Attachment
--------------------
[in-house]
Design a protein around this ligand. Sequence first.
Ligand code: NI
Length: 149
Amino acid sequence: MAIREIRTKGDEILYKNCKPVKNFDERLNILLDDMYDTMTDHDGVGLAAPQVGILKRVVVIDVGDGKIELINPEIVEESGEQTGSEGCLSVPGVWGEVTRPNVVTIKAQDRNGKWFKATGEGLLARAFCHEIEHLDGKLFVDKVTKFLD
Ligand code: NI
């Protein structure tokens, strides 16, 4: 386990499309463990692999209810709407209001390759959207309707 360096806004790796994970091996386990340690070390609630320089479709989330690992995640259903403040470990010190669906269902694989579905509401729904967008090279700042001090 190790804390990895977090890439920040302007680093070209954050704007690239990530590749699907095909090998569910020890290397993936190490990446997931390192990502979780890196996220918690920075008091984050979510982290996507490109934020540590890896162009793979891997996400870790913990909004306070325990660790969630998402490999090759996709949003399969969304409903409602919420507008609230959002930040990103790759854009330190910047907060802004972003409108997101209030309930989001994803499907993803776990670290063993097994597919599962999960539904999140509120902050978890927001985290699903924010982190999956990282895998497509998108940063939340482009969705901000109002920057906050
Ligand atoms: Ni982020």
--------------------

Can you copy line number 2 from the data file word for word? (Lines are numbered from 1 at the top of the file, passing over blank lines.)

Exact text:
Design a protein around this ligand. Sequence first.